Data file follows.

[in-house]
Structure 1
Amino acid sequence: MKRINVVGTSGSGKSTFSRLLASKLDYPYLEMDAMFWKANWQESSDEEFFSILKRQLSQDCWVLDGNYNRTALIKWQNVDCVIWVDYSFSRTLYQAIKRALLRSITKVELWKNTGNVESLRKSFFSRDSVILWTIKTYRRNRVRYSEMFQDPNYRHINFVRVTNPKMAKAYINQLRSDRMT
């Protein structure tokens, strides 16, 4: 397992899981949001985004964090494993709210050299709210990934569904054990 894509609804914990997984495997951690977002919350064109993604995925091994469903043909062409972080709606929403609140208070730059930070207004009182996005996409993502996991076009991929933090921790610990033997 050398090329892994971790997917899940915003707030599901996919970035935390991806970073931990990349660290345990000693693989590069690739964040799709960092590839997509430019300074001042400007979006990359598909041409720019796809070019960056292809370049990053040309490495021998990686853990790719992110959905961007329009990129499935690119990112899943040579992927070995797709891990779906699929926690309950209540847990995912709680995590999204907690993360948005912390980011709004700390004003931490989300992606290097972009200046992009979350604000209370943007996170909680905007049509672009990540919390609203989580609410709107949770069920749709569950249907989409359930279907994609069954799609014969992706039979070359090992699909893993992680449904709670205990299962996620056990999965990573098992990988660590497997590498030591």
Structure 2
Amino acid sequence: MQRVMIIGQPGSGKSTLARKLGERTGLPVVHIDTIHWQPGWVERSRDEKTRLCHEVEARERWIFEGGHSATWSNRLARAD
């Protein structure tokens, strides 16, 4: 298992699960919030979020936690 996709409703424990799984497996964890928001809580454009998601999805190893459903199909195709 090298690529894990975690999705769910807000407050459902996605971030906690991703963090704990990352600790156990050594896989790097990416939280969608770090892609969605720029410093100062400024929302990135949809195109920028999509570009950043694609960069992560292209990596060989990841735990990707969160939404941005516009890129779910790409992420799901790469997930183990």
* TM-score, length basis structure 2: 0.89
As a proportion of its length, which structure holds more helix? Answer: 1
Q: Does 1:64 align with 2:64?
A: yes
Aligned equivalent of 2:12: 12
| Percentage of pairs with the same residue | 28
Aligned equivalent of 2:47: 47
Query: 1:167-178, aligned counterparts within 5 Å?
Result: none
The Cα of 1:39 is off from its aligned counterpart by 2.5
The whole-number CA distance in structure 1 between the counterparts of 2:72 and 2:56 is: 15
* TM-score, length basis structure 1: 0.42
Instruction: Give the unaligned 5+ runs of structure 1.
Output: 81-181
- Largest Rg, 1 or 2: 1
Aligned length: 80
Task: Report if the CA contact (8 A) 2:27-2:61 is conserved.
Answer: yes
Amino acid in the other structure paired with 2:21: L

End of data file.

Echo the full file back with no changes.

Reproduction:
[in-house]
Structure 1
Amino acid sequence: MKRINVVGTSGSGKSTFSRLLASKLDYPYLEMDAMFWKANWQESSDEEFFSILKRQLSQDCWVLDGNYNRTALIKWQNVDCVIWVDYSFSRTLYQAIKRALLRSITKVELWKNTGNVESLRKSFFSRDSVILWTIKTYRRNRVRYSEMFQDPNYRHINFVRVTNPKMAKAYINQLRSDRMT
């Protein structure tokens, strides 16, 4: 397992899981949001985004964090494993709210050299709210990934569904054990 894509609804914990997984495997951690977002919350064109993604995925091994469903043909062409972080709606929403609140208070730059930070207004009182996005996409993502996991076009991929933090921790610990033997 050398090329892994971790997917899940915003707030599901996919970035935390991806970073931990990349660290345990000693693989590069690739964040799709960092590839997509430019300074001042400007979006990359598909041409720019796809070019960056292809370049990053040309490495021998990686853990790719992110959905961007329009990129499935690119990112899943040579992927070995797709891990779906699929926690309950209540847990995912709680995590999204907690993360948005912390980011709004700390004003931490989300992606290097972009200046992009979350604000209370943007996170909680905007049509672009990540919390609203989580609410709107949770069920749709569950249907989409359930279907994609069954799609014969992706039979070359090992699909893993992680449904709670205990299962996620056990999965990573098992990988660590497997590498030591």
Structure 2
Amino acid sequence: MQRVMIIGQPGSGKSTLARKLGERTGLPVVHIDTIHWQPGWVERSRDEKTRLCHEVEARERWIFEGGHSATWSNRLARAD
């Protein structure tokens, strides 16, 4: 298992699960919030979020936690 996709409703424990799984497996964890928001809580454009998601999805190893459903199909195709 090298690529894990975690999705769910807000407050459902996605971030906690991703963090704990990352600790156990050594896989790097990416939280969608770090892609969605720029410093100062400024929302990135949809195109920028999509570009950043694609960069992560292209990596060989990841735990990707969160939404941005516009890129779910790409992420799901790469997930183990």
* TM-score, length basis structure 2: 0.89
As a proportion of its length, which structure holds more helix? Answer: 1
Q: Does 1:64 align with 2:64?
A: yes
Aligned equivalent of 2:12: 12
| Percentage of pairs with the same residue | 28
Aligned equivalent of 2:47: 47
Query: 1:167-178, aligned counterparts within 5 Å?
Result: none
The Cα of 1:39 is off from its aligned counterpart by 2.5
The whole-number CA distance in structure 1 between the counterparts of 2:72 and 2:56 is: 15
* TM-score, length basis structure 1: 0.42
Instruction: Give the unaligned 5+ runs of structure 1.
Output: 81-181
- Largest Rg, 1 or 2: 1
Aligned length: 80
Task: Report if the CA contact (8 A) 2:27-2:61 is conserved.
Answer: yes
Amino acid in the other structure paired with 2:21: L